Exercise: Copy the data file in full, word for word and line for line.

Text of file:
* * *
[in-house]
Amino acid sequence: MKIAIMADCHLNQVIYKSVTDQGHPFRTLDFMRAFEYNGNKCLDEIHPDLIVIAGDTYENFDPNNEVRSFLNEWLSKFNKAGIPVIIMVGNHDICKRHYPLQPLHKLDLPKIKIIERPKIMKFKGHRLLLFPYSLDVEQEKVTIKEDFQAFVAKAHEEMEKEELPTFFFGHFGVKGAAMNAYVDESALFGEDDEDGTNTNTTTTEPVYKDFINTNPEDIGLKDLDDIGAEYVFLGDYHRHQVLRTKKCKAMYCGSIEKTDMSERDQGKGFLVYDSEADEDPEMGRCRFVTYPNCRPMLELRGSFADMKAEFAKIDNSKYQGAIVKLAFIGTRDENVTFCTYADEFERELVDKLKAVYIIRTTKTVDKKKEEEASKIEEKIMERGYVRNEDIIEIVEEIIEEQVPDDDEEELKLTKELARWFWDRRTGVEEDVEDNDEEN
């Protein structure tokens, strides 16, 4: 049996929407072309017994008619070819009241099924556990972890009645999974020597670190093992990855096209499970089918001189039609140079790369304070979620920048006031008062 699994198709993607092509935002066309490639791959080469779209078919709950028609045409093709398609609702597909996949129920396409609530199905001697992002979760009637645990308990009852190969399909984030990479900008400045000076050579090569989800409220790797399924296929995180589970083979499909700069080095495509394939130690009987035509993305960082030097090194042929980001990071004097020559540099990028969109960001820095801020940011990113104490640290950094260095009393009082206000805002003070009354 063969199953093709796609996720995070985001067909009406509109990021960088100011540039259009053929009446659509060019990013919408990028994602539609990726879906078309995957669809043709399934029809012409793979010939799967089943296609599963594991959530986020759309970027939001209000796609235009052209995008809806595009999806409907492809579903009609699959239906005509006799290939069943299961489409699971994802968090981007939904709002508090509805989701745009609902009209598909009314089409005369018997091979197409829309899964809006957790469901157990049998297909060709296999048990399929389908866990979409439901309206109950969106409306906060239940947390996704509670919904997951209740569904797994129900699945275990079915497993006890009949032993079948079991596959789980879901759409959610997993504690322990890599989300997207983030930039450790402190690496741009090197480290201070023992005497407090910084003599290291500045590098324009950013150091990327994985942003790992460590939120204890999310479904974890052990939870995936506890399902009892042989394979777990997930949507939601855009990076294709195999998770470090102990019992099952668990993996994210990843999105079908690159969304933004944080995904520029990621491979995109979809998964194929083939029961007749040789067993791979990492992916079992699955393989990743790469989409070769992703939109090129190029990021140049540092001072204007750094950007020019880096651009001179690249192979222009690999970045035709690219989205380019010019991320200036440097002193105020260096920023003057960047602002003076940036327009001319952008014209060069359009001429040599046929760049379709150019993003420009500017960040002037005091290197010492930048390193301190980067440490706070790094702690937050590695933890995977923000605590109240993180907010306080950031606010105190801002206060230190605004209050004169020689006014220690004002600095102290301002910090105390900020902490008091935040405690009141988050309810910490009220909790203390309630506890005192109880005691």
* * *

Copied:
[in-house]
Amino acid sequence: MKIAIMADCHLNQVIYKSVTDQGHPFRTLDFMRAFEYNGNKCLDEIHPDLIVIAGDTYENFDPNNEVRSFLNEWLSKFNKAGIPVIIMVGNHDICKRHYPLQPLHKLDLPKIKIIERPKIMKFKGHRLLLFPYSLDVEQEKVTIKEDFQAFVAKAHEEMEKEELPTFFFGHFGVKGAAMNAYVDESALFGEDDEDGTNTNTTTTEPVYKDFINTNPEDIGLKDLDDIGAEYVFLGDYHRHQVLRTKKCKAMYCGSIEKTDMSERDQGKGFLVYDSEADEDPEMGRCRFVTYPNCRPMLELRGSFADMKAEFAKIDNSKYQGAIVKLAFIGTRDENVTFCTYADEFERELVDKLKAVYIIRTTKTVDKKKEEEASKIEEKIMERGYVRNEDIIEIVEEIIEEQVPDDDEEELKLTKELARWFWDRRTGVEEDVEDNDEEN
């Protein structure tokens, strides 16, 4: 049996929407072309017994008619070819009241099924556990972890009645999974020597670190093992990855096209499970089918001189039609140079790369304070979620920048006031008062 699994198709993607092509935002066309490639791959080469779209078919709950028609045409093709398609609702597909996949129920396409609530199905001697992002979760009637645990308990009852190969399909984030990479900008400045000076050579090569989800409220790797399924296929995180589970083979499909700069080095495509394939130690009987035509993305960082030097090194042929980001990071004097020559540099990028969109960001820095801020940011990113104490640290950094260095009393009082206000805002003070009354 063969199953093709796609996720995070985001067909009406509109990021960088100011540039259009053929009446659509060019990013919408990028994602539609990726879906078309995957669809043709399934029809012409793979010939799967089943296609599963594991959530986020759309970027939001209000796609235009052209995008809806595009999806409907492809579903009609699959239906005509006799290939069943299961489409699971994802968090981007939904709002508090509805989701745009609902009209598909009314089409005369018997091979197409829309899964809006957790469901157990049998297909060709296999048990399929389908866990979409439901309206109950969106409306906060239940947390996704509670919904997951209740569904797994129900699945275990079915497993006890009949032993079948079991596959789980879901759409959610997993504690322990890599989300997207983030930039450790402190690496741009090197480290201070023992005497407090910084003599290291500045590098324009950013150091990327994985942003790992460590939120204890999310479904974890052990939870995936506890399902009892042989394979777990997930949507939601855009990076294709195999998770470090102990019992099952668990993996994210990843999105079908690159969304933004944080995904520029990621491979995109979809998964194929083939029961007749040789067993791979990492992916079992699955393989990743790469989409070769992703939109090129190029990021140049540092001072204007750094950007020019880096651009001179690249192979222009690999970045035709690219989205380019010019991320200036440097002193105020260096920023003057960047602002003076940036327009001319952008014209060069359009001429040599046929760049379709150019993003420009500017960040002037005091290197010492930048390193301190980067440490706070790094702690937050590695933890995977923000605590109240993180907010306080950031606010105190801002206060230190605004209050004169020689006014220690004002600095102290301002910090105390900020902490008091935040405690009141988050309810910490009220909790203390309630506890005192109880005691």